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The Glass Menagerie is a play by Tennessee Williams set in St. Louis, Missouri, in the 1930's. The play is an important part of the American theatrical repertoire and continues to be performed successfully by both professional and amateur theatres.

The play centers around the Wingfields: Amanda, Tom, and Laura. Their relationship has become strained since Mr. Wingfield left them. While Tom works in a warehouse to support the family, he dreams of leaving home and frequently watches movies in cheap theaters. Amanda obsesses over finding a suitor for Laura, while Laura herself is so shy that she locks herself up and only admires the glass figurine collection (menagerie) she has.

Tennessee Williams based the play on his own family; he himself is the basis for the character of Tom, his mother for Amanda, and his sister (who in real life suffered from Schizophrenia) for the character of Laura.

Tropes used in The Glass Menagerie include:
  • Aloof Big Brother: Tom, although more to his mother than to his sister.
  • Author Avatar: The play is semi-autobiographical: Tom is Tennessee Williams himself, Laura is his mentally disabled sister Rose and Amanda is his mother.
  • Beautiful All Along: Laura. Cruelly subverted that just after she made an indication that she could do so, the crushing blow of The Reveal was too much that she went back to Shrinking Violet territory
  • Breaking the Fourth Wall: The play opens with Tom explaining to the audience that the play is based on his memories.
    • After Tom's first speech, the literal fourth wall of the apartment lifts.
  • Broken Angel
  • Brother-Sister Incest: The Subtext was definitely there in the movie remake, although very nonexistent in the original play.
  • Christmas Cake: The implication is that if Jim doesn't get together with Laura, and he doesn't, she will become this.
  • Deadpan Snarker: A few of Tom's lines.
  • Desperately Looking for a Purpose In Life: Tom, in his monologue in the end.
  • Disappeared Dad: Mr. Wingfield.
  • Downer Ending: Not only Jim is already betrothed, Tom finally decides he has had it and leaves the family.
  • Flower Motifs: Blue roses and jonquils.
  • Generation Xerox: Tom and his father abandoning Amanda and Laura.
  • Hikikomori: Laura.
  • Informed Flaw: Laura being crippled. It doesn't show in the present, though she's been embarrassed having a brace in high school.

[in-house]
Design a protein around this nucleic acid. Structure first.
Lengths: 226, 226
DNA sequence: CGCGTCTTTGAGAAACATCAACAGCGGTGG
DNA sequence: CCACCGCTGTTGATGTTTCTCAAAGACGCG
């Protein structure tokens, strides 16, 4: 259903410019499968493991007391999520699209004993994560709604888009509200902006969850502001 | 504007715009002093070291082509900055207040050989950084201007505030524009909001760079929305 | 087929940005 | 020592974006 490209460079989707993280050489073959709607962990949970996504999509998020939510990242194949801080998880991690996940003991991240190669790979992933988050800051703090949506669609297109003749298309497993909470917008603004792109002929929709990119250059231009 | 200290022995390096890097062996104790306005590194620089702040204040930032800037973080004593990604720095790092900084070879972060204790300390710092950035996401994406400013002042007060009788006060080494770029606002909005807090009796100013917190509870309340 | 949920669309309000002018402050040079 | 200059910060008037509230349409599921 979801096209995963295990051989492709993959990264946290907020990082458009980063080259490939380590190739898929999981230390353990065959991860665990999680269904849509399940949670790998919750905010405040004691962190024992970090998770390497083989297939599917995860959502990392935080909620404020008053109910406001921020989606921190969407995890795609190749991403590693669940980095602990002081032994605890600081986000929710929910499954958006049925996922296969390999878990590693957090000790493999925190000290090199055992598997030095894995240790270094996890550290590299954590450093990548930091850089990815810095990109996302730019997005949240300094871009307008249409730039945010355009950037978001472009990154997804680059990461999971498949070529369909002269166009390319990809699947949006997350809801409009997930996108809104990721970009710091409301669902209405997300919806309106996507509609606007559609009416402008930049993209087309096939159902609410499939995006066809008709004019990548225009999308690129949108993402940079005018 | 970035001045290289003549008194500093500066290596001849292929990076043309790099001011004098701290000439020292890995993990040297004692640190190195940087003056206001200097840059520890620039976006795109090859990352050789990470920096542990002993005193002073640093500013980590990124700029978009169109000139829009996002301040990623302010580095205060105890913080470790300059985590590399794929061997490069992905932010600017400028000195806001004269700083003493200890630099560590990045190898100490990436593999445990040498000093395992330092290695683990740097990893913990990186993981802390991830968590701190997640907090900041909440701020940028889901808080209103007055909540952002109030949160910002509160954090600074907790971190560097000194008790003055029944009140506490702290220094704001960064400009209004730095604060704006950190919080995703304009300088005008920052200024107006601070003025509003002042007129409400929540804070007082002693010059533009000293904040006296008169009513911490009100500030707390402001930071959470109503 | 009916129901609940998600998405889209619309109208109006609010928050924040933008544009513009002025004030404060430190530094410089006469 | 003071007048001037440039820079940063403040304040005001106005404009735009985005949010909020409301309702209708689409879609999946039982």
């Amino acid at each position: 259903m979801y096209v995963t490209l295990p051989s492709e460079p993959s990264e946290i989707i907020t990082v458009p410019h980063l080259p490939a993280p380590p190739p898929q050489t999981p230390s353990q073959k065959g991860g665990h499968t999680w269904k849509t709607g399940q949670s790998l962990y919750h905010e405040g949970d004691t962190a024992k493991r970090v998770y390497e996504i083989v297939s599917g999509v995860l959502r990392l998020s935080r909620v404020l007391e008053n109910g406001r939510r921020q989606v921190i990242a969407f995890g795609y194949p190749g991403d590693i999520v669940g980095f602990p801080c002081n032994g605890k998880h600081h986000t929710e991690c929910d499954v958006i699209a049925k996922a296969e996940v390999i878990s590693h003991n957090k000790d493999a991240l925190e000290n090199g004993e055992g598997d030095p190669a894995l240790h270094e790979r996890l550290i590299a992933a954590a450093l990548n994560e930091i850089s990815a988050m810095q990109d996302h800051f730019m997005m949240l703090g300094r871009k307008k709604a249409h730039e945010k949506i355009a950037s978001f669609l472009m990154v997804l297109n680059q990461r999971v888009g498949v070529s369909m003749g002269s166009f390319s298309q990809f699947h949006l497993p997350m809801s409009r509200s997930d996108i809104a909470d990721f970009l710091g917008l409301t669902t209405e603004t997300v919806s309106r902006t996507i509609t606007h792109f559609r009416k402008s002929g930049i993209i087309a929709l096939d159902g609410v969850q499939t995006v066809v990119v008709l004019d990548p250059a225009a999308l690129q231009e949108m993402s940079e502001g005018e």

• I Was Quite a Looker: Amanda, she boasts on and on about the gentleman caller seventeen gentlemen callers she had back in her youth. The fact that now she settles with two children on a dingy apartment in a big city with her husband somewhere in The Deep South is an indication of something's amiss.
  • Jerkass: Tom, but for good reason. Amanda could be more of a Jerkass than Tom, however.
  • Like Brother and Sister: Jim keeps bringing up "If you were my sister" to Laura.
  • Make a Wish: Played with. Tom assumed Amanda's wish on the moon would be a gentleman caller for Laura and informs her he found one for her, while Amanda wished the best for her children. Finding a gentleman caller has been Amanda's wish for a long time, but both wishes are subverted when the gentleman in question is taken and none of the characters save Jim are happy in the end.
  • My Beloved Smother: Amanda.
  • Minimalist Cast: The play only features four characters.
  • Nice Guy: Jim. In fact, that's pretty much Tennessee William's whole character description of Jim.
  • Out, Damned Spot!: Tom's whole reason for telling this story is that he feels guilty for abandoning his family.
  • Parental Abandonment: Mr. Wingfield
  • Poor Communication Kills: Tom doesn't tell Jim that the dinner is supposed to introduce Jim as a suitor to Laura. Jim is taken.
  • Priceless Ming Vase: The glass menagerie itself, and especially the little unicorn. Not Played for Laughs.
  • Prince Charming: Subverted slightly, but cruelly; the Prince is taken.
  • The Reveal: Jim is getting married.
  • Shaggy Dog Story: The entire plan to bring Jim to a "casual dinner" is ruined, and their sacrifices are made in complete vain.
  • Shrinking Violet: Laura, and how! Laura is so shy she locks herself up at home. The only attempt she had in typing class ended in failure when she threw up due to shyness. To top it off, she skipped classes every day and visited zoos instead.
  • Source Music: The theater near the tenement. Its music conveniently stops during The Reveal.
  • Southern Belle: Amanda, also see above.
  • Title Drop
  • A Tragedy of Impulsiveness: Tom and Amanda's arguments get increasingly bitter: a significant escalation is when Tom accidentally breaks one of Laura's figurines. He's sorry for it at once.
  • Unreliable Narrator
  • Wafer-Thin Mint: Amanda yelling at Tom for inviting a man who's already engaged, which causes Tom to leave.
  • Yank the Dog's Chain: Just when you think Laura will "win" Jim due to their little dance and kiss, The Reveal hits.
  • What Do You Mean Its Not Symbolic: When Laura's favorite glass piece - a unicorn - that she showed to Jim breaks. Even more so because it breaks off its horn: "Now it's just like all the other horses".
  • Whole-Episode Flashback: The play is a flashback.